Monthly Archives: April 2011

Worms don’t like carrots

Should be the title of a children’s book, but it is the reality of our worm bin. I don’t know if it’s because carrots are a bit dry or they aren’t easy to eat. Need to find something better for them to snack on this weekend. Maybe some broccoli or artichoke leaves. It looks like they are doing okay.

You would think there would be a smell associated with the bin, but it really just smells like dirt.

Spinach and lettuce

There’s been a good amount of growth here this week. I am doing some thinning as I go. Some of the leaves look like baby spinach leaves.

Tomorrow a post about the worm bin…with pictures!


The peppers sprouted on my second try and have grown a few true leaves.

Hoping that all 4 do well, but like with the tomato plants, I just need one really good strong plant.

Radiator Charlie seeds sprouted

It’s been about a week and we have some sprouts with the Mortgage lifter tomatoes.

I started these seeds well after the roma and cherry tomato seeds. My expectations of the garden yield is low, if I only get one tomato I will be happy.

After reading about this tomato, I had to try and grow it

[Developed by M.C. Byles in the 1930s and released to SESE in 1985. A legendary tomato always in demand in the Mid-Atlantic states. The following history is based on portions of our 1985 taped interview with M.C. Byles who developed this tomato in the early 1930’s while in Logan, WV. Mr. Byles is affectionately known as “Radiator Charlie”. He earned that nickname from the radiator repair business he opened at the foot of a steep hill on which trucks would often overheat. Radiator Charlie had no formal education or plant breeding experience, yet he created this legendary tomato by cross-breeding four of the largest-fruited tomatoes he could find: ‘German Johnson’, ‘Beefsteak’, an Italian variety, and an English variety. One of the four varieties was planted in the middle of a circle. Then, using a baby’s ear syringe, he cross-pollinated the center plant with pollen from the circle of tomatoes. Next year he selected the best seedlings: he planted the best seedlings in the center and the rest in a circle around it. The pollination and selection process was repeated six more years until he had a stable variety. After Charlie developed and named this large tasty tomato, he sold plants for $1.00 each (in the 1940’s) and paid off the $6000 mortgage on his house in 6 years. Each spring, gardeners drove as far as 200 miles to buy Charlie’s seedling tomatoes.] Fruits of ‘Mortgage Lifter’ can average 2-1/2lbs and may reach 4 lbs when well grown. Plants are very productive, disease resistant, and continue to bear until frost. These large, slightly flattened, pink-red tomatoes are meaty and flavorful with few seeds. Pkt. Photo Copyright Laura Sutherland courtesy of Bill Van Doren and Laura Sutherland.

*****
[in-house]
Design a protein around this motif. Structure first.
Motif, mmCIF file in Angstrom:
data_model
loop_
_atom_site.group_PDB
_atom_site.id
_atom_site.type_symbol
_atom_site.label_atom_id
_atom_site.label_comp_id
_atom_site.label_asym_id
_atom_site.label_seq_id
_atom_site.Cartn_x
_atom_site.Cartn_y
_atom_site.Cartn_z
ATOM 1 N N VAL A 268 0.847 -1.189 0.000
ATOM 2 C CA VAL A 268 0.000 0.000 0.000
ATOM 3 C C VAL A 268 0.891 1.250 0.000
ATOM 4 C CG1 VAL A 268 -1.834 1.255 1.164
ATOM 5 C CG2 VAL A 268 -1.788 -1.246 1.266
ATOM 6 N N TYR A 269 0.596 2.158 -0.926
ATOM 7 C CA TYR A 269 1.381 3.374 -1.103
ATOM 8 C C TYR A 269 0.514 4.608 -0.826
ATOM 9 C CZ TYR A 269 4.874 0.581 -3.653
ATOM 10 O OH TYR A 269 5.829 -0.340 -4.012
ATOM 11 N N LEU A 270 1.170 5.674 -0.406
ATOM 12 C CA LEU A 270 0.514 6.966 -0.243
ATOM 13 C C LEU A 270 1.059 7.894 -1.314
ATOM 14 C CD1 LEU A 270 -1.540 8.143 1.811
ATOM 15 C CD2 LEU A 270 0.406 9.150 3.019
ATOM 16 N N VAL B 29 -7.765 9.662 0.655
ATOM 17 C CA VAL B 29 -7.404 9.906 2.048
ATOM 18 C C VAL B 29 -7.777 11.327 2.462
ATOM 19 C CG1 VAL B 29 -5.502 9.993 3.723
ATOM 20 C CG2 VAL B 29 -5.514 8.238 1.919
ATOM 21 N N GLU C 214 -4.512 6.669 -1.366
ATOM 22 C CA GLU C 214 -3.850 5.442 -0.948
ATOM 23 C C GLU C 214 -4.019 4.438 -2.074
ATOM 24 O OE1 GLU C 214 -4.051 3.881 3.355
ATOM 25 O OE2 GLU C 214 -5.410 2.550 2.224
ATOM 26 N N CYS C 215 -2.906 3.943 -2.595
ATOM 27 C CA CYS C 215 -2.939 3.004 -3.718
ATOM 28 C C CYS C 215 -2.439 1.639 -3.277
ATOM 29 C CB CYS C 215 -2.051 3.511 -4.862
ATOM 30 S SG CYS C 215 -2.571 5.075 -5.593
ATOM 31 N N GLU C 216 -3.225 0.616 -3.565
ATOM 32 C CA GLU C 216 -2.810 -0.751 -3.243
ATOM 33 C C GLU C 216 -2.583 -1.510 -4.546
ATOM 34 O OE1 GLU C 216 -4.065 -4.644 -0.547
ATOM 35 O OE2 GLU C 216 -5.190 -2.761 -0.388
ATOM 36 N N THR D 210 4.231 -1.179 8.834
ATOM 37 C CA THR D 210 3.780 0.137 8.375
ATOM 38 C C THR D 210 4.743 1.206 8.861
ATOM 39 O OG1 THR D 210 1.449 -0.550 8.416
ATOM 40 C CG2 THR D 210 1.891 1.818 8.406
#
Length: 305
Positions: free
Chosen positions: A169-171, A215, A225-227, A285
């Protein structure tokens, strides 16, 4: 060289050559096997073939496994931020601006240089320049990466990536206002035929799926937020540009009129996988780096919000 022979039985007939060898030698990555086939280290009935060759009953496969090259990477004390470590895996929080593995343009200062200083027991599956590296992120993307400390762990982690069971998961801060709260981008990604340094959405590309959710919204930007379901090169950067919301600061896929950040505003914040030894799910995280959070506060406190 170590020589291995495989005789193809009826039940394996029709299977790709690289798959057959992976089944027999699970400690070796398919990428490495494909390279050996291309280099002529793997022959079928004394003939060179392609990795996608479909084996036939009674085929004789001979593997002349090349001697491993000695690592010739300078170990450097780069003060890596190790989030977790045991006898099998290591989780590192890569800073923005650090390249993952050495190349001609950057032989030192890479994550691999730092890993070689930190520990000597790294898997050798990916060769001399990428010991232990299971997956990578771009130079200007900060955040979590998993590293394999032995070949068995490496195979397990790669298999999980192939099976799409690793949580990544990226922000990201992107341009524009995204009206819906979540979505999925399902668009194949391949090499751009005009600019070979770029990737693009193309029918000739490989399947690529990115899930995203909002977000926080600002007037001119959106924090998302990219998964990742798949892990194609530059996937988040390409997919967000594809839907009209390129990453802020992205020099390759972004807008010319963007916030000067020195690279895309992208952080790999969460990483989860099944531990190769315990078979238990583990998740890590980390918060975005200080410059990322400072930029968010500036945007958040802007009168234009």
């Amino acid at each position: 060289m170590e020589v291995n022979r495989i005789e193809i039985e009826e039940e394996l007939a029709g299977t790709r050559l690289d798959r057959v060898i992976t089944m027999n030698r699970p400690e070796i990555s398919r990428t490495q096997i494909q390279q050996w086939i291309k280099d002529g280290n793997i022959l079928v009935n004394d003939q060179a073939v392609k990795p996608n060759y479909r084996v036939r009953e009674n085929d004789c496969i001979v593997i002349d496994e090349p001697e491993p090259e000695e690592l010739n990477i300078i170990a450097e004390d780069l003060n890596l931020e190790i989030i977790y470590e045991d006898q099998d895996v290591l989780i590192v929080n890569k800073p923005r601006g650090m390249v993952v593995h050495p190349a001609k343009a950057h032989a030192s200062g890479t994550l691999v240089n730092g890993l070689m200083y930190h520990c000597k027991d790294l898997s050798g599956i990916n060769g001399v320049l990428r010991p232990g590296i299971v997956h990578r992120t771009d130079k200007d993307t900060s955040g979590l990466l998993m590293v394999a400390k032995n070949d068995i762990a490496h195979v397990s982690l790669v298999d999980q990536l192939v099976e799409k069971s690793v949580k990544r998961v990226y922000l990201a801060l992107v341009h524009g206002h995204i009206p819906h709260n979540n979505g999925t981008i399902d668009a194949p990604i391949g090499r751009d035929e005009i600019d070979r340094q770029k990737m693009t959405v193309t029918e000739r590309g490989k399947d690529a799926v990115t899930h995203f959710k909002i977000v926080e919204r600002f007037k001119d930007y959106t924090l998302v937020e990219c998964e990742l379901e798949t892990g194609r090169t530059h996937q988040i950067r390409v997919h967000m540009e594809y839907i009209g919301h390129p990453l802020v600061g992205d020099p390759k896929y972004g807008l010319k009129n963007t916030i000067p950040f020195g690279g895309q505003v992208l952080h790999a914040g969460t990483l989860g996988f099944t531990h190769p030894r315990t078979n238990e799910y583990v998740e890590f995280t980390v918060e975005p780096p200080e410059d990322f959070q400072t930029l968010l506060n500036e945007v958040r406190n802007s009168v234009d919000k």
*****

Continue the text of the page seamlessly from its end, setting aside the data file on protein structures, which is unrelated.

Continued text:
True leaves

When all the little seedling pop up they all seems to look the same at first. I like that the true leaves are starting to grow. It gives me hope that these seedlings are going to turn into plants.




I feel very proud of the fact that, other than the pansy plants that we bought for Madigan and the onion set, everything has been started from seeds.

Another lovely picture

I love taking picture of the plants. This is one of the pepper plants that didn’t sprout originally and I dumped all the pots into a pan that Madigan can dig around it. Low and behold, I leave it alone for a day or two and the seeds started sprouting.

Hard rain and wind

We had a pretty decent storm blow thru the area Friday night and Saturday. I didn’t think to cover the plants, bring them in or worry about them too much. At one point the rain was pooling up in all the containers. Madigan’s Monsanto flowers appeared to be floating. The squash are no worse for the wear.

The spinach and lettuce got knocked down a bit. I am hopeful a sunny day today will help everything perk back up.

Thinning of the tomato herd

I got my work space together inside to start getting the best tomato plants into their own pots. I ened up with 8 roma and 8 cherry. I am hopeful that We will end up having at least 4 good strong fruit bearing plants.

The window is full. There is no more room to start anything else. Once it heats up a little more we can plant directly outside, but until then, we have to use our indoor space.